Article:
Swan Lake is a classic ballet and my taste tends to trend toward the modern so when I arrived at the State Theatre on Saturday night to see City Ballet’s production of Peter Martin’s Swan Lake, I had somewhat low expectations. After the performance, I was pleasantly surprised at how much I enjoyed the beauty and skill on display on the stage.
The first surprise came when the curtain rose to reveal revelers in bright oranges and greens - not at all the colors I thought I’d see. The dancing, though, left a little something to be desired. It seemed like something was out of sync among the dancers - they were not in unison and the dancing actually looked a little sloppy. This was not a sign of things to come, though. The Jester, danced by corps member Troy Schumacher, was energetic and entertaining, though he didn’t have the same kind of air in his jumps as Jonathan Stafford (or Benjamin Millepied, who I’d be wowed by later.) Before going any further, I should probably explain the story of Swan Lake.
We begin on Prince Siegfried’s 21st birthday. His friends and palace guests have gathered to entertain him. (That’s where the jester comes in.) The prince is also entertained by a pas de trois. This trio of dancers was better and more in sync than the larger group at the start of the scene but the girls’ costumes made them look like St Pauli girls. No matter. The celebration continued and everyone leaves having had a good time. The next scene is set at the lake and this is where the prince meets Odette, the swan queen. Odette and the rest of the swans are living under a spell. They become human for only a few hours each night and spend the rest of the time as swans. This spell can be broken only by a man swearing his undying love for Odette. As luck would have it, the prince falls in love with her. But, that’s not the end of the story. The second act begins much like the first - it is a birthday celebration and several divertissements are paraded to entertain the court. The villainous sorcerer Von Rotbart crashes the party and tricks the prince into thinking that his daughter (who’s wearing a disguise) is Odette. The prince proclaims his love for her and then the hoax is revealed. Back at the lake, the prince tries to make amends with the real Odette. She accepts his apology, but since he technically swore his love to two suitors, they cannot be together, the curse is not broken and Odette is doomed to remain a swan forever.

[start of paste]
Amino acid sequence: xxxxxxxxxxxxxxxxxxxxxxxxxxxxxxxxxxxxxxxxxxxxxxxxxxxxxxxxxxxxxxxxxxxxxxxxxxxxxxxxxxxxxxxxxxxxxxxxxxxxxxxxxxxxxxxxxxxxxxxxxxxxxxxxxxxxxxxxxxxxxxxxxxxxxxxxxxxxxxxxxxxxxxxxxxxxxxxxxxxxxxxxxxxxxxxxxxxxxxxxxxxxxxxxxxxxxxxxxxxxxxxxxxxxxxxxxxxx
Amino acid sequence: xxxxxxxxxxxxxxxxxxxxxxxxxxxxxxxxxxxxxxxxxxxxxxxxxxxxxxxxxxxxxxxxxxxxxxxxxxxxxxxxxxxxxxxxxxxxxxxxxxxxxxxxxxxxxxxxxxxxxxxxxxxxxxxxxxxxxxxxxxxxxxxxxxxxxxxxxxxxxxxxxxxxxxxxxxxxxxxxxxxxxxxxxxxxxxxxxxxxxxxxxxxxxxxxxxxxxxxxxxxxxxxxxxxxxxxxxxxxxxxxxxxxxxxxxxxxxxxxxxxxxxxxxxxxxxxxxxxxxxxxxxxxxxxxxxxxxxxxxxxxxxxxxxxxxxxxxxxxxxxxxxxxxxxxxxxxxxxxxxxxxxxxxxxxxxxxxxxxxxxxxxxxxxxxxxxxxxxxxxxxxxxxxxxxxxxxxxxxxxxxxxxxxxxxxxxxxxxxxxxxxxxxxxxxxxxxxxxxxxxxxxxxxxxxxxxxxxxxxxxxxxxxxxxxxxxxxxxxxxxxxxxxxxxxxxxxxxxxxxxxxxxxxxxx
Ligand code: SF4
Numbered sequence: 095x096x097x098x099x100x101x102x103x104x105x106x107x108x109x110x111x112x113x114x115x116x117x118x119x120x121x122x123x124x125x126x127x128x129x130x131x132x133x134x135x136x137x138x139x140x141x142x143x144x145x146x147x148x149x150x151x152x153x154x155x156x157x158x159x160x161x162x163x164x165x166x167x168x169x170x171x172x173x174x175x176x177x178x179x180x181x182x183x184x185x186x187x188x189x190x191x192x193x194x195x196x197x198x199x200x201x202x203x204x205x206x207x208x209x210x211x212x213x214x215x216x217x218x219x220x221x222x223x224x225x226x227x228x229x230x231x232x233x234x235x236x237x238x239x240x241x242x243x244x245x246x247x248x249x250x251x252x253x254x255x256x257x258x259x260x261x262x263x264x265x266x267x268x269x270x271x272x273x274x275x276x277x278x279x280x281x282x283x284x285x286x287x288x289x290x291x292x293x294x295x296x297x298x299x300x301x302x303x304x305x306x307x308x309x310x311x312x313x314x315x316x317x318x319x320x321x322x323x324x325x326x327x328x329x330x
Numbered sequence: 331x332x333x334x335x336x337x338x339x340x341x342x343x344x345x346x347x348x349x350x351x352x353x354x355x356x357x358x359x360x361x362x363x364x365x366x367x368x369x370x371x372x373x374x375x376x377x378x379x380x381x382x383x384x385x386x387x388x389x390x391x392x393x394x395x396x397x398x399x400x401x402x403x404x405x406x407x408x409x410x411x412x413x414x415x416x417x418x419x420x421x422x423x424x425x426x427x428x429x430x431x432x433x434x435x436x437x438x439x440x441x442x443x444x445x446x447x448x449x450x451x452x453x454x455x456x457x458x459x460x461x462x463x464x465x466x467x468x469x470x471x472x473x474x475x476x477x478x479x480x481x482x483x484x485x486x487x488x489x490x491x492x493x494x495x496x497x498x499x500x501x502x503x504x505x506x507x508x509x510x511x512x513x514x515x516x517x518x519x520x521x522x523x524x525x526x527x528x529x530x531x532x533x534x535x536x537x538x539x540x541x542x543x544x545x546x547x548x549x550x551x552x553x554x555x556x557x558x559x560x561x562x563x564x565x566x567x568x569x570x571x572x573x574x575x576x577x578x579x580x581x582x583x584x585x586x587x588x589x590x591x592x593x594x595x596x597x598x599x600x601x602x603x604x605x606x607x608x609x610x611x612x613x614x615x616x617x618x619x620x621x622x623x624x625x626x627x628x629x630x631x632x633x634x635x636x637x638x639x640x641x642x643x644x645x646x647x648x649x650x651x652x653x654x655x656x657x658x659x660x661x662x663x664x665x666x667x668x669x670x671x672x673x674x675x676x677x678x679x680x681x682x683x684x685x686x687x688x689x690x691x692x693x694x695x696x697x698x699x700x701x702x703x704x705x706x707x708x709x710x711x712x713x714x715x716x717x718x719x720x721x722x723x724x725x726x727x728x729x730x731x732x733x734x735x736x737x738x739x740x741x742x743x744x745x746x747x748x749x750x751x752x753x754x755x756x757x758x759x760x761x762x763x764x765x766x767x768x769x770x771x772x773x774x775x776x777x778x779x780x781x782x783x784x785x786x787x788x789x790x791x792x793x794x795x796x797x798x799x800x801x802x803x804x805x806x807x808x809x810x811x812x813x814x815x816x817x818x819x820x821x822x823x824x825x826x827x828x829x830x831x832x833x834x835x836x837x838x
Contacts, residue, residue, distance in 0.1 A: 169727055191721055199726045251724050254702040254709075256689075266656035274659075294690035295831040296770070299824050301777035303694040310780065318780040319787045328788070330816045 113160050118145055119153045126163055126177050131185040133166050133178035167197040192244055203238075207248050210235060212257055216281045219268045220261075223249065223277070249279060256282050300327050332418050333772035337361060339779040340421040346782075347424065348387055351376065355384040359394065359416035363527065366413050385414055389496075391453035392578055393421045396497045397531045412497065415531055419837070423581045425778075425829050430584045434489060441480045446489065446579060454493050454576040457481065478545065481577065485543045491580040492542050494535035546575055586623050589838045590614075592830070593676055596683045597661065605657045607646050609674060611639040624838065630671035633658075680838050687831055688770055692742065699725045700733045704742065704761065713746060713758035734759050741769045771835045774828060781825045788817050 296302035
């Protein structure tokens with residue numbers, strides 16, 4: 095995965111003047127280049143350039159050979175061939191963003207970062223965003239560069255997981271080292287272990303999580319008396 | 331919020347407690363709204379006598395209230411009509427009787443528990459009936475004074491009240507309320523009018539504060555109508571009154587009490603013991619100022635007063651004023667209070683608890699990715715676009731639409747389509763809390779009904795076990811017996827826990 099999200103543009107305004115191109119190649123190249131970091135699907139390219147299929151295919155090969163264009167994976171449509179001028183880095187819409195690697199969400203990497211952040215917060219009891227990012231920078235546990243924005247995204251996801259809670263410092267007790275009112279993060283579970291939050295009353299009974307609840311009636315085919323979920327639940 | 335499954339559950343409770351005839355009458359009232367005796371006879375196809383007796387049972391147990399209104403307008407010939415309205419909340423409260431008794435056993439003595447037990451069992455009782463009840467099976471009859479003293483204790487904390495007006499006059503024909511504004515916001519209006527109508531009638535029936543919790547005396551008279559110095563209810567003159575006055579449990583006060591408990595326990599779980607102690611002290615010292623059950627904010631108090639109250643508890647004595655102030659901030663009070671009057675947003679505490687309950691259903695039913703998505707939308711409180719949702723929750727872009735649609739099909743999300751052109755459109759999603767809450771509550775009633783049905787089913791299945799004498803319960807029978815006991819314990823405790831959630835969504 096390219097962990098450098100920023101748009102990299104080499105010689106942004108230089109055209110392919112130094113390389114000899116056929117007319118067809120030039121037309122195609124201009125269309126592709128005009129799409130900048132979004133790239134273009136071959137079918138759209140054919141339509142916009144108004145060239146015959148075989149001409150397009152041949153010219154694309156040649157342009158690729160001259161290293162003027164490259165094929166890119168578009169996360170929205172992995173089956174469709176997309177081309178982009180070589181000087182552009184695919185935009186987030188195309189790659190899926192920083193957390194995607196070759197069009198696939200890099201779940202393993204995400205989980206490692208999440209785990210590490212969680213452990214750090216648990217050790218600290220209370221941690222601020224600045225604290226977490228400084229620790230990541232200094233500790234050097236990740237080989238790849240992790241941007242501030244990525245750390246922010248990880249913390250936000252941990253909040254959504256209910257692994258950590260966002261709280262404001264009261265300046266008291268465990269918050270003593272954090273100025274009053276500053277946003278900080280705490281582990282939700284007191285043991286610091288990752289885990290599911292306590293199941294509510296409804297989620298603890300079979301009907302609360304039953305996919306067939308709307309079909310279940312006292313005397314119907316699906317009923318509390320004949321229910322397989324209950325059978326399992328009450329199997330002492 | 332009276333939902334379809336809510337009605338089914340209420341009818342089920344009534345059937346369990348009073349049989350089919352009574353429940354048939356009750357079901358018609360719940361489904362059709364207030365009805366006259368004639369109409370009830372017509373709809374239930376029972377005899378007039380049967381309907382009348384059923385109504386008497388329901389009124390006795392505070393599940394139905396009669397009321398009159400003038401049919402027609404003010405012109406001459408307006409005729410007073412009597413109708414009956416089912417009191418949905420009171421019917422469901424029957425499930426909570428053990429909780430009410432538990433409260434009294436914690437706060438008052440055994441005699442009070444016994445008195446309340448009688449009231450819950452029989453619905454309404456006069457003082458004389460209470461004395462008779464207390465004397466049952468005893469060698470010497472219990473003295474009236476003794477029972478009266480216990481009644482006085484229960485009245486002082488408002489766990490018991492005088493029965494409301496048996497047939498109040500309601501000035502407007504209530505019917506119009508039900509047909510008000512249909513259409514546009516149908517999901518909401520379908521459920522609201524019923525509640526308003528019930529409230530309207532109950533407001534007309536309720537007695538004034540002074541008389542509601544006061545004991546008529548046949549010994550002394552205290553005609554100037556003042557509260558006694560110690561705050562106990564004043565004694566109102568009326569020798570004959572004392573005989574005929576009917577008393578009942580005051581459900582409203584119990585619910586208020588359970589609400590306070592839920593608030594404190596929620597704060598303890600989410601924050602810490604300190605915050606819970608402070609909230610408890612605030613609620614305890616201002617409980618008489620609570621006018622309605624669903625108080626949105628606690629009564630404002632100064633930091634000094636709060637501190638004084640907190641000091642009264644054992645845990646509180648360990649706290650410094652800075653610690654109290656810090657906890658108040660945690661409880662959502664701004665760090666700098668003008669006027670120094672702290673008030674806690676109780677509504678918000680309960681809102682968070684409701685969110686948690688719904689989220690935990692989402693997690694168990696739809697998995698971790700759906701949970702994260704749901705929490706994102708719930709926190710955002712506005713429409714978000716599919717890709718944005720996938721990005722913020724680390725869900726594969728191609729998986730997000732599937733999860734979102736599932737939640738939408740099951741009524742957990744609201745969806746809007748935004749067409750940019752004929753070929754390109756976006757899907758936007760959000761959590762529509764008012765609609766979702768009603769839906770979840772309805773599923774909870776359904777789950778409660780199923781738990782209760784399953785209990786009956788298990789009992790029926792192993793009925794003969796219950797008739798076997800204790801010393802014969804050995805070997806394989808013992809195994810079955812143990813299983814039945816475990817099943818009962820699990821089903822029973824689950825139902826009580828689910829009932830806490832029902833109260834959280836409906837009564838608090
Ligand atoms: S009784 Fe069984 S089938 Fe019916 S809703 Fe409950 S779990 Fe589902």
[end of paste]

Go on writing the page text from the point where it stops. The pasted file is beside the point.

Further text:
Okay, so, Prince Siegfried has had his birthday entertainment and is off to hunt by the lake where he encounters Odette and the other swans. The swans’ dancing is very beautiful. They flutter their arms and feet and float across the stage. Their formations are full of imagery. One formation in particular even looks like wings. It was a treat watching them float in and out of and around each other, using the full space of the stage. The four small swans’ dance was a lesson in precision. These dancers were fully in sync and moved as one all across the stage. Their footwork was impeccable and coincided with several bars of harp orchestration, which sounded like dancing water.
Dancing the role of Odette was principle dancer Ashley Bouder. As in previous ballets, she was technically good here and nice to watch, but not terribly soulful. I would like to seen a dancer with more expression dance this part as I think it would make the story more compelling. Making up for Bouder’s lack of passion was principle dancer (and sometimes choreographer - I’m seeing his latest world premiere this spring) Benjamin Millepied. Millepied is a fantastic dancer and his jumps were absolutely breathtaking, It looked liked he was jumping ten feet in the air. My only complaint is that I wish I saw him better: He was dressed in blue which, unfortunately, made him blend in with the backdrop and lighting - all of which were in hues of blue. Had he been in a contrasting color, he would have popped as much as his dancing did.
The second act’s divertissements were fun to watch. The real treat was Sterling Hyltin. Once again, she dazzled with both her expert technique and clear joy for dancing. She was part of a pas de quarte and while she was good in the group, she was even better when the stage was all hers. She’s been a principle dancer for only a couple of years and I’m definitely looking forward to watching her career. The act ended back at the lake. Once again Millepied wowed with his flawless performance and Bouder was graceful as she said goodbye to her love, resigning herself to the swan life. The end tableau saw the entire swan corps, headed by Odette, backlit and fluttering in place. It looked like the swans were dancing across the water and was a beautiful sight to end the ballet.